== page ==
Pages from the Textbook of Alternate History

By Phong Nguyen


Queen's Ferry Press
January 2014

Reviewed by James Orbesen


The phrase "written history" is, partly, a contradiction. Written words are exceedingly good at constructing a narrative. This is because words contain a certain logic. As pattern-obsessed creatures, the written word is all about this sense of order; hence the reason we read from side to side, or up to down, rather than back and forth, diagonally, or in obtuse spirals.

But history isn't so clear cut. There is no logic or overarching structure to history's unfolding. Progress and narrative are things we map on to the course of events. They don't exist in some sort of Platonic ether, so understanding history as a narrative, in its written form, is going to be inherently limited and filled with self-contradiction. If history did have a shape, it would be a haystack, not a narrative.

Near the end of Phong Nguyen's Pages from the Textbook of Alternate History, this impulse to understand history as a serried order of events is channeled in a feeling practically everyone has experienced: "Every generation believes that the whole of history culminates in them: their conflicts, their tragedies, their follies and triumphs."

Everything has led up to this moment, we think. What was 9/11 or the election of our first black president but the penultimate act in history's grand stage show? History shouldn't be understood like this because it implies history somehow cares and crafts the course of events rather than just being their repository.

This sort of historical understanding runs deep in Nguyen's novel. Part anthology, part mystery, Pages from the Textbook of Alternate History begins with the discovery of a highly damaged flash drive by a computer programmer intent on salvaging its contents. On the flash drive, which the programmer finds at an Apple Genius Bar analogue under curious circumstances, is the entire history of a mirror world. His attempts to extract the data lead to its destruction and, possibly, the loss of the programmer's sanity. What results is this book—transcribed fragments briefly glanced at by the programmer, as he tries to reconstruct the history of this alternate world.

The programmer quips, "There is a reckless joy in undertaking what seems impossible." This is true of his project but also true of cataloguing any type of history.

Nguyen's work is sparse, given to understatement, and it shares similarities with Borges and Bolaño. Nguyen echoes Borges' interest in texts and histories, and Bolaño's darkly comic tone of confusion and second guessing is slathered over his descriptions and dialogue.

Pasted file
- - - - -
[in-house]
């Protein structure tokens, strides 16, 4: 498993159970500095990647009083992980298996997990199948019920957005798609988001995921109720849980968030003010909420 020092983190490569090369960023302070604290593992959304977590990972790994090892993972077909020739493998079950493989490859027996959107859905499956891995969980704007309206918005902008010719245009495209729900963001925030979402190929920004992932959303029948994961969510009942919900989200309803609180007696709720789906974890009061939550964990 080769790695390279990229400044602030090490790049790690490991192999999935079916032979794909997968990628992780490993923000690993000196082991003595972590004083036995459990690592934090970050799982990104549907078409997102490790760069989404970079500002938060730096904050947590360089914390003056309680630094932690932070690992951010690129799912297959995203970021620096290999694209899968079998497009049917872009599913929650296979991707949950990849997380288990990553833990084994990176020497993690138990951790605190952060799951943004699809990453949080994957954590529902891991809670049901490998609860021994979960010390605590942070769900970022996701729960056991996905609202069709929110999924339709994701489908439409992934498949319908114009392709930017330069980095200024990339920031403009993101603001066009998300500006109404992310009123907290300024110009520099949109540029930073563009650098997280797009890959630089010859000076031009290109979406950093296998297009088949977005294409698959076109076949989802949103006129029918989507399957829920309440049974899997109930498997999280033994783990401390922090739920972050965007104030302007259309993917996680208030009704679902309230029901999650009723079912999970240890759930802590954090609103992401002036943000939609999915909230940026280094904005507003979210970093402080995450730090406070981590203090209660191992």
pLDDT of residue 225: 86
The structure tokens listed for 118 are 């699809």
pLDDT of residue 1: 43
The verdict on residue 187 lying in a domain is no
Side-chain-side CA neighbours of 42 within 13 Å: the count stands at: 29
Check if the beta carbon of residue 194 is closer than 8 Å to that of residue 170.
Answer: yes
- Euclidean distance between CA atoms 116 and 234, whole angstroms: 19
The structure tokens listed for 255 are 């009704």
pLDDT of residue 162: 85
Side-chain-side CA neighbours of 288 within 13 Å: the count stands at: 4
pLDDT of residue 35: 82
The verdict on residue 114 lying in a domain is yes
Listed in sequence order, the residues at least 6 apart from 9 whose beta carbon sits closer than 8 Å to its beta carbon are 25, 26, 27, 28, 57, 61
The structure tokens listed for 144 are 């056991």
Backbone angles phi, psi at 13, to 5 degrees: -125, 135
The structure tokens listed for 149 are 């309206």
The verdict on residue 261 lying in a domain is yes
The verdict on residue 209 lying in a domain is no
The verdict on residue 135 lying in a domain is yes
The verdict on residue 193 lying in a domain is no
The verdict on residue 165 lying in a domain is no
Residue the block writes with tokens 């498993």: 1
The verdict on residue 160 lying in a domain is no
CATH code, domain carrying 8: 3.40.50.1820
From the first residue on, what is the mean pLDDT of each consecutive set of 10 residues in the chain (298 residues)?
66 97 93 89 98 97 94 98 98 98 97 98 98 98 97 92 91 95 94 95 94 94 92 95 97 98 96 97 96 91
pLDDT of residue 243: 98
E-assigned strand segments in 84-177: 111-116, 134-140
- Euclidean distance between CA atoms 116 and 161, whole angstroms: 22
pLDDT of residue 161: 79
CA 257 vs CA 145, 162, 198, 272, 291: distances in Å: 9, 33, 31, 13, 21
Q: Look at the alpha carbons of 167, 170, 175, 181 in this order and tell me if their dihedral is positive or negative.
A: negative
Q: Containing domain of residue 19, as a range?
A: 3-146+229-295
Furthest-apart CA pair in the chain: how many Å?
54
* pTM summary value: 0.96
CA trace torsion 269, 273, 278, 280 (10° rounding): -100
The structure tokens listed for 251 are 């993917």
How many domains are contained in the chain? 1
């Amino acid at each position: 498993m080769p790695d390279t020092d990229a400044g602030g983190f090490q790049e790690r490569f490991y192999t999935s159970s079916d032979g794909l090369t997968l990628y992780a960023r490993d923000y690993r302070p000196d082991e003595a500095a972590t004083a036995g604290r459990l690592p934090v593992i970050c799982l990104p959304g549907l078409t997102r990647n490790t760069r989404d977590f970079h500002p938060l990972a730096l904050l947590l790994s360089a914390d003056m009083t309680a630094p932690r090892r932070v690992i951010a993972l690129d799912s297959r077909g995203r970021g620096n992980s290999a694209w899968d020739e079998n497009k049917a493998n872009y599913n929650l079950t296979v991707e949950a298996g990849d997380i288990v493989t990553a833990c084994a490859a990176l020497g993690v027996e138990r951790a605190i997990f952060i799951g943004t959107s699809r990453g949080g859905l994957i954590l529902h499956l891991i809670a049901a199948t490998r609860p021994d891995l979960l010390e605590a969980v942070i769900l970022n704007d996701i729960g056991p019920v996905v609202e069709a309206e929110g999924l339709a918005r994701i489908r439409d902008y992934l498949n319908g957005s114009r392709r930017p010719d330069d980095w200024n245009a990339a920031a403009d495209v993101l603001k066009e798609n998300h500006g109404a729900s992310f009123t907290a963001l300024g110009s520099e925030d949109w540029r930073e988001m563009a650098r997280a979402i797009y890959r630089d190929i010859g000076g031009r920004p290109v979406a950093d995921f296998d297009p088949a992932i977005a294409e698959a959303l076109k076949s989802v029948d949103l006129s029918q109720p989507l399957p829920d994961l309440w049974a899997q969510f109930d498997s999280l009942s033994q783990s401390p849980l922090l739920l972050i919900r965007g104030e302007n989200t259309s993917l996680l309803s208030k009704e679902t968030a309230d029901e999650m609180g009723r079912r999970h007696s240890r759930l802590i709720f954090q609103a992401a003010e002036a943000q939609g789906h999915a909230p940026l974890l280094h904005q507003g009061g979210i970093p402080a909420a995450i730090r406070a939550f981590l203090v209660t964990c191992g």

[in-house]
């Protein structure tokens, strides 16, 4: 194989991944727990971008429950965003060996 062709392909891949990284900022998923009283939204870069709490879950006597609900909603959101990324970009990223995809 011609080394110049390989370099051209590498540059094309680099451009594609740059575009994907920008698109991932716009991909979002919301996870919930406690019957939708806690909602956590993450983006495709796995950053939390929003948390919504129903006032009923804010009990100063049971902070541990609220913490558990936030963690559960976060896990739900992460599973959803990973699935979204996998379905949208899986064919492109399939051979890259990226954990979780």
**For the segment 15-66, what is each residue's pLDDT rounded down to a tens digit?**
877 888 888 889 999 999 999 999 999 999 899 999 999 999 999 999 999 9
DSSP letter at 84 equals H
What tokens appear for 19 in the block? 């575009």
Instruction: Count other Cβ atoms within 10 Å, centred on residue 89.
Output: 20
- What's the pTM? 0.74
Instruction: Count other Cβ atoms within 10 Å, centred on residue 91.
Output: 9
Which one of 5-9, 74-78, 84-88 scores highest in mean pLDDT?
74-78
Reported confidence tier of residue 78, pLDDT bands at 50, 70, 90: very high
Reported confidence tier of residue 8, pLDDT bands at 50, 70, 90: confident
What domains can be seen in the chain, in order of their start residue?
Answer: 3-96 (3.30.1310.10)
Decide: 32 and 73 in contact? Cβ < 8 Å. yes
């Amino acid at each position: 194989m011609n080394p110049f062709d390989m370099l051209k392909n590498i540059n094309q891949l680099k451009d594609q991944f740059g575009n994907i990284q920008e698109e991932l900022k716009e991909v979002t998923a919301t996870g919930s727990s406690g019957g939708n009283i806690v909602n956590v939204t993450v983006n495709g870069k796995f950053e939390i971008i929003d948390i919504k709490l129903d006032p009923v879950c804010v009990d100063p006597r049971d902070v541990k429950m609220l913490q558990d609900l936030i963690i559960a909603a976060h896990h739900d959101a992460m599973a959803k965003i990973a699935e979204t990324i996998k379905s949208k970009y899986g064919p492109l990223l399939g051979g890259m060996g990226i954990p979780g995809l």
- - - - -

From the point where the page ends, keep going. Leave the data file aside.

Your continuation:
For instance, in a section about Hitler who, in this alternate reality, was actually accepted by an Austrian art school, Nguyen writes of the young Bavarian's experiences in World War I. Notice the way Nguyen doubles back and layers his scene with apprehensions and uncertainties, much like Bolaño:

Afterwards, as he [Hitler] entered the bombed-out bunker, Rader [Hitler's comrade] describes Hitler as a man full of schiksal, or 'apprehensions of destiny.' He stood in the center of the carnage, rapt in glory-feeling, with a palpable sense of the beauty inherent in dead things. He looked (though 'look' is too slight in this instance) at the dead Belgians, with their insides turned out, and stood in awe at the chaotic red patterns on the wall.

But what really makes Nguyen's book poignant is that he ends every chapter with a list of discussion questions, much like a high school history text:

What evidence is there, from Kubuizek's account, that Adolf Hitler would become anything other than a minor painter or architect? Why did Hitler himself believe that he could achieve anything but a modest living selling art for pictures frames (see Figs. 3.3 and 3.4)? What did Hitler see as he stood enraptured at the center of that room full of dead Belgians? What do art and war have to do with each other?

As residents of this world and inheritors of our own history, we know the answers to these questions. Or, at least, we can take a stab at answers. What the questions do is twofold. First, they are jokes made at the expense of this alternate Earth. We laugh at how our understanding of their history is superior. We know their Hitler, but we also understand him better because we have our Hitler. In that way, we chuckle at their limited vision, demonstrated by the questions that stump them but not us.

However, the second function is a bit trickier. Because this alternate Earth poses questions we can easily answer, it stands that our own questions, which confound us, can handily be understood by other (theoretical) us-es. And who is to say there's only this other Earth? Why not two other Earths complete with their own textbooks? Or a hundred? Or an infinite number?

The implication of all this is that to truly understand history, one must be totally removed. But that's impossible. Again, history is not like a written sentence that confirms to a certain sense or logic that humans expect. History just is. We can try and understand it, but our picture will never be complete, since recreating the original context just isn't possible.

Nguyen's meditation on history throughout this book is nuanced and provocatively fatalistic. Perhaps it is best summed up in his account of colonial founder John Smith, of Pocahontas fame.

John Smith, as he is readied for execution, says a final few words: "No matter what you do for the colony, it is the land that will decide her fate. The only thing you can do is to live openly and inspire men; you cannot direct history; you can only act your part."

The chronicler understands: "Perhaps this is why Smith acquiesced so readily to the noose."

This read is not only engaging but a fine demonstration of how easily history slips through the narratives shaped by writers.